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By 9:15 we reached the highest point in Maine at 5,267′ Baxter Peak, where we found just one other person, an Appalachian Trail thru-hiker who was just completing his 2,200 mile journey. Pics were snapped and then several other thru-hikers started coming up. All their heads snapped around to look at Guthook after he told one of them his trail name. One hiker said that he had found Guthook’s AT Hiker App very useful and accurate, and a couple of his pals chimed in with the affirmative.
But Guthook and I had other tasks to compete up above tree line. First off, Guthook wants to complete his first ever walk over the notorious Knife Edge Trail, a one mile traverse over a region of maximum exposure, where the trail may narrow to just a little point with the inside edges of both feet hugging the granite spine, as you experience a two thousand foot drop on either side of you.

IMG_3406.JPG It is a route that is not recommended for anyone with a fear of heights. I assured Guthook that it was a perfect day for the experience, with dry rock, full sun, and no wind.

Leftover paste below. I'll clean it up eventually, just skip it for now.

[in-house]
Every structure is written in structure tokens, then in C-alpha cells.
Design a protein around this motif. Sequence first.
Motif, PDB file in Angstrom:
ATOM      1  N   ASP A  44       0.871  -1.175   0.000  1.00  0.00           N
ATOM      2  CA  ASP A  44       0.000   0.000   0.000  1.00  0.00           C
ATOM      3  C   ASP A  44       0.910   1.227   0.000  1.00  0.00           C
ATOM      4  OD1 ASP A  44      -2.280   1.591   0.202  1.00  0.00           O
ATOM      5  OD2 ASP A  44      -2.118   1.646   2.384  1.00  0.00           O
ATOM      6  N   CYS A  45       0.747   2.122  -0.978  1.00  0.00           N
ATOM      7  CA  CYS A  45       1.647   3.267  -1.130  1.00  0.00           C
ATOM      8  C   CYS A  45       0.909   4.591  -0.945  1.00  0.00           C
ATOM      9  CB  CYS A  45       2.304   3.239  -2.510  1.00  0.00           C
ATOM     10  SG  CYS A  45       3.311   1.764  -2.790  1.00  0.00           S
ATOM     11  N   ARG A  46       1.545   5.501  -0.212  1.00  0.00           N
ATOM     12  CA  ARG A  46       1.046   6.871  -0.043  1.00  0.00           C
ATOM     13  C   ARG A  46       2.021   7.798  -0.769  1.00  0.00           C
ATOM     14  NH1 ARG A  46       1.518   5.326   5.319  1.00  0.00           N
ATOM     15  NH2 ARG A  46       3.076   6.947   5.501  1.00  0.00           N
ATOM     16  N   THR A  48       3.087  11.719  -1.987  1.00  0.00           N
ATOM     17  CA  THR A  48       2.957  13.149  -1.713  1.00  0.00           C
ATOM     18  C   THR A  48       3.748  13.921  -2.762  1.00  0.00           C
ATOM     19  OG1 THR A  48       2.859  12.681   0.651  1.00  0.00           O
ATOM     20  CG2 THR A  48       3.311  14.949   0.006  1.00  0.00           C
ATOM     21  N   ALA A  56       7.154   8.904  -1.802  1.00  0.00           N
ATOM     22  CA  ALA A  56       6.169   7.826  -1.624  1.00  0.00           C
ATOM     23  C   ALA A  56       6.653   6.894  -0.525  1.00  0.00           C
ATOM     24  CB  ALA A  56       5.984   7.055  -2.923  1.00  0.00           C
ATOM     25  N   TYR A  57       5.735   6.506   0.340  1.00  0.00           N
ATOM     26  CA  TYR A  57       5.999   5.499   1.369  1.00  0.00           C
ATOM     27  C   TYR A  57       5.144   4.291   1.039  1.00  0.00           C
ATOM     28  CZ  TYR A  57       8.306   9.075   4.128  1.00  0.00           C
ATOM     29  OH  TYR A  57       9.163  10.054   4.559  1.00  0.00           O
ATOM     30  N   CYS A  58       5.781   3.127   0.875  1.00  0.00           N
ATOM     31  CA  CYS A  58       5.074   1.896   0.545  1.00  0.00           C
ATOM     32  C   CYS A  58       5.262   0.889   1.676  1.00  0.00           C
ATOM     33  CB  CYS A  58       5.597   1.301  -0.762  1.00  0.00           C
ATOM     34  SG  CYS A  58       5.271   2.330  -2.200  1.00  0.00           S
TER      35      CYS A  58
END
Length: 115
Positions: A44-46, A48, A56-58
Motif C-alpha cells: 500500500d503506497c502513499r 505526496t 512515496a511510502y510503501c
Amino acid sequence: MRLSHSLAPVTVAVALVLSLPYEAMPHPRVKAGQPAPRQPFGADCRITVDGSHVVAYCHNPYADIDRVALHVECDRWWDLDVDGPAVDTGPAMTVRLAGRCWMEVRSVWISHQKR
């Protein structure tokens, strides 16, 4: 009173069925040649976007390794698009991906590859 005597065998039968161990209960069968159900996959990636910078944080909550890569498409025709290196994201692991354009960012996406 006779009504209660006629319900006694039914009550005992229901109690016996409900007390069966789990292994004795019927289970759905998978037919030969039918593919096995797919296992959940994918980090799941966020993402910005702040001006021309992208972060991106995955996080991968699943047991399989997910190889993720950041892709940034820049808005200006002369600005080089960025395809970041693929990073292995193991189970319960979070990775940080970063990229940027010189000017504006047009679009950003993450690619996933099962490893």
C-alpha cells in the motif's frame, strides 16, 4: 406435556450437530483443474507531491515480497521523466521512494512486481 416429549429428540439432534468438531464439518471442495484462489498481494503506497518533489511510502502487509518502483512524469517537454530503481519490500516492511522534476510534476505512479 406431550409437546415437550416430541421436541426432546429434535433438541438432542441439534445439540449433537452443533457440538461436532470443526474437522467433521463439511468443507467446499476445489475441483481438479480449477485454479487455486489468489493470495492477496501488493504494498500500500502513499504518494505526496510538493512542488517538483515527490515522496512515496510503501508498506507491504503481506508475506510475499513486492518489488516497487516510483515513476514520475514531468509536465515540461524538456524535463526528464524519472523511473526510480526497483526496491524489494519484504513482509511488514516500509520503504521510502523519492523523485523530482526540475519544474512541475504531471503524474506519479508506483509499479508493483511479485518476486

It took us about an hour and a half to walk, and sometimes crawl along the blue-blazed path. There was a bit of a pile up at the Chimney, the one place on the Knife Edge that I still fret about. I have long legs, and have learned to keep facing the rock, and trust that by lowering myself with both arms on a thin rock handhold and then stretching my lower right leg I can gain the last foothold before the bottom.
We reached the end at Pamola Peak, a superb place to soak up the day’s warming rays, air the socks out, and savor the view of what we’d just experienced.

IMG_3757.JPG It was funny, partly incredible, and astounding to me that not only does Katahdin host that knockout view of the massive cirque from the Chimney side, but it also has this very unique Knife Edge trail radiating east from Baxter Peak.